Interests of Certain Persons in the Conversion and Transformation
      Currently, Fresenius AG owns approximately 50.8% of our ordinary shares and, therefore, controls the management of the Company. Fresenius AG also consolidates the Company in its financial statements. In connection with the transformation, Fresenius Medical Care Management AG, a wholly-owned subsidiary of Fresenius AG, will assume the management of the Company through its position as general partner. Therefore, Fresenius AG will continue to control the Company and consolidate the Company in its financial statements after the transformation, notwithstanding the likely loss of its majority ownership of our ordinary shares due to the increased number of ordinary shares expected to be outstanding as a result of the offers.
      At the prospectus date, the members of our management board are also the members of the management board of the general partner. They will enter into service contracts and compensation arrangements on the same terms after the transformation as are currently in effect. We expect that Gary Brukardt, currently the President and Chief Executive Officer of RCG, will also become a member of our management board after the closing of the RCG merger. At the prospectus date, all of the members of our supervisory board are also the members of the general partner’s supervisory board and (other than Dr. Ulf M. Schneider) will also become the members of the supervisory board of the Company in its KGaA form after the transformation. For more information, see “Interests of Certain Persons in the Conversion and Transformation.”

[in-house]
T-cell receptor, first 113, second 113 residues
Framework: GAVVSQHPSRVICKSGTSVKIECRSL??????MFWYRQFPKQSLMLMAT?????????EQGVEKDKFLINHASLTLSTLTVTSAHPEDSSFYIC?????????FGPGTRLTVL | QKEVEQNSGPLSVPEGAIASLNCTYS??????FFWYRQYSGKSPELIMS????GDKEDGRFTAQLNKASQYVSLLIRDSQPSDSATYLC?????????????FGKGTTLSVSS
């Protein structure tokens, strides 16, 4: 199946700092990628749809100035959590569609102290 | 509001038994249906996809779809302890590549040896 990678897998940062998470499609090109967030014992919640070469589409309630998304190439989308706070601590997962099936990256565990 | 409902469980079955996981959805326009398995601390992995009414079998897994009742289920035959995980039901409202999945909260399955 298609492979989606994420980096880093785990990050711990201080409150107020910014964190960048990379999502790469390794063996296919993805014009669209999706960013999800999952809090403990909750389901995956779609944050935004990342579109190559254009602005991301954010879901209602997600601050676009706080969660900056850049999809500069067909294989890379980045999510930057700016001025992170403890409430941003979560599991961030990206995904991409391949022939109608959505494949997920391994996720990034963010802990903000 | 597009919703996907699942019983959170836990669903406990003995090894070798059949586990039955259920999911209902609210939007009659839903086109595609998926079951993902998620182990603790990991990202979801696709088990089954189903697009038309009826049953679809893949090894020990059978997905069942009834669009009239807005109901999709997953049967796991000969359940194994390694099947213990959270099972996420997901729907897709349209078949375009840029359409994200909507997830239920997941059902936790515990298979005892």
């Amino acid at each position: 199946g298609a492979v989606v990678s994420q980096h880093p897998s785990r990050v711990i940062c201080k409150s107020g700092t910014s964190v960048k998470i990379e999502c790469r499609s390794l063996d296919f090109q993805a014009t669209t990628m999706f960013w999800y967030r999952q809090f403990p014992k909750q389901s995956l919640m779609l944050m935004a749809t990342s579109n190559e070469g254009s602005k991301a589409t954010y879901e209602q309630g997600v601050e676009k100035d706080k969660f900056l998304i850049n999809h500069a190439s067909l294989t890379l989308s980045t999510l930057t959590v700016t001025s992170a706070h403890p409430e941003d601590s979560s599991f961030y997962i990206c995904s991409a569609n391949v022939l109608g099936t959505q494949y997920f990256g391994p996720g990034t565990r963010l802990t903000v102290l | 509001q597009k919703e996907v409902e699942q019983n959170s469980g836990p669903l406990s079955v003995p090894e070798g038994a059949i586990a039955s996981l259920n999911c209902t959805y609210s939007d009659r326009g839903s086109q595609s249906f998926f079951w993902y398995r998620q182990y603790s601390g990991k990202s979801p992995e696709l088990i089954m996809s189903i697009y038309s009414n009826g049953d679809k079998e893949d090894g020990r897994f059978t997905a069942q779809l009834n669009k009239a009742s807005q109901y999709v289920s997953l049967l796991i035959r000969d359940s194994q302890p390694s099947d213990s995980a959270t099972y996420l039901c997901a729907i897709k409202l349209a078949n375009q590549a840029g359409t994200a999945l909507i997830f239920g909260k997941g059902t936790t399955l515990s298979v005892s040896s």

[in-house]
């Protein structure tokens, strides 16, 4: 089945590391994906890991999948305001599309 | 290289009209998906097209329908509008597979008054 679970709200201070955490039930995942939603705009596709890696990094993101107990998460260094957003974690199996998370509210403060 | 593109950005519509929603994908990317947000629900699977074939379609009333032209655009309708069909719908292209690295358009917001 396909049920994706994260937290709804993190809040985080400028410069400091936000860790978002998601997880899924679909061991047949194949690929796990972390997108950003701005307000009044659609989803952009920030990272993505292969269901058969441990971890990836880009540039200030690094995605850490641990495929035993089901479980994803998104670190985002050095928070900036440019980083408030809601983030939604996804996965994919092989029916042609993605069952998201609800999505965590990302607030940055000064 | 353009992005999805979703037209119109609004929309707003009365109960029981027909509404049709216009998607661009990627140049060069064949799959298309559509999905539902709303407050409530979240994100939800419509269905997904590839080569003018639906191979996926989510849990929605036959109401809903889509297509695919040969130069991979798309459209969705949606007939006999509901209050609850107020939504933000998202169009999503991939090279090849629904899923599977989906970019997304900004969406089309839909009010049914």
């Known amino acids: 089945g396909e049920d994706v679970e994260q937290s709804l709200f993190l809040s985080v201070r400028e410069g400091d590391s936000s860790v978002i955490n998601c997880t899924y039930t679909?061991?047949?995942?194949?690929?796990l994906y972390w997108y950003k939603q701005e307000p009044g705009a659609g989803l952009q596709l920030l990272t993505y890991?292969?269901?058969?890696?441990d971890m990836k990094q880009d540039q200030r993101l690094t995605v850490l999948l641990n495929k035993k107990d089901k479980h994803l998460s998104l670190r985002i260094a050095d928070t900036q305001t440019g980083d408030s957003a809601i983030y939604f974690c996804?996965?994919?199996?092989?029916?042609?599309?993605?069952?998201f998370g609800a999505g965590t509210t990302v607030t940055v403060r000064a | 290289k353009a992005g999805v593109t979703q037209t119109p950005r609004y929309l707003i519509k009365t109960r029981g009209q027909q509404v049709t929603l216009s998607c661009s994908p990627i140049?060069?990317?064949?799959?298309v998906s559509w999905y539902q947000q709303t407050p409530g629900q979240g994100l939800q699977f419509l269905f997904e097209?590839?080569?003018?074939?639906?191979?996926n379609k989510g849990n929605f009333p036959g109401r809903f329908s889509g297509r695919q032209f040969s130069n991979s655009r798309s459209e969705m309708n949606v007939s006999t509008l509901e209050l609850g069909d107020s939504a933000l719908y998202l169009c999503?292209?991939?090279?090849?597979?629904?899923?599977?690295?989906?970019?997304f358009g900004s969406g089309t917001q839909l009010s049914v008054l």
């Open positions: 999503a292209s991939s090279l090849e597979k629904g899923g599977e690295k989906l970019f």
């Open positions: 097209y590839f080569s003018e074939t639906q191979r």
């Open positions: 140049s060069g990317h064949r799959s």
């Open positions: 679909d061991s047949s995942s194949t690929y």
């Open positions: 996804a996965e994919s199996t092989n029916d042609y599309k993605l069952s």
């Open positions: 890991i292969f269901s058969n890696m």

Stock Exchange Listing and Trading; Market for Preference Shares after the Offers.
      The ordinary shares into which our preference shares will be converted, will, together with the other ordinary and preference shares of the Company in its new legal form as a KGaA, be admitted to the Frankfurt Stock Exchange on the official market and at the same time to the Prime Standard listing section. The Company will continue to be included in the electronic trading system Xetra and, if the relevant criteria are fulfilled, on the German Index DAX. We expect that the listing will take place on February 13, 2006, unless the conversion offers are extended.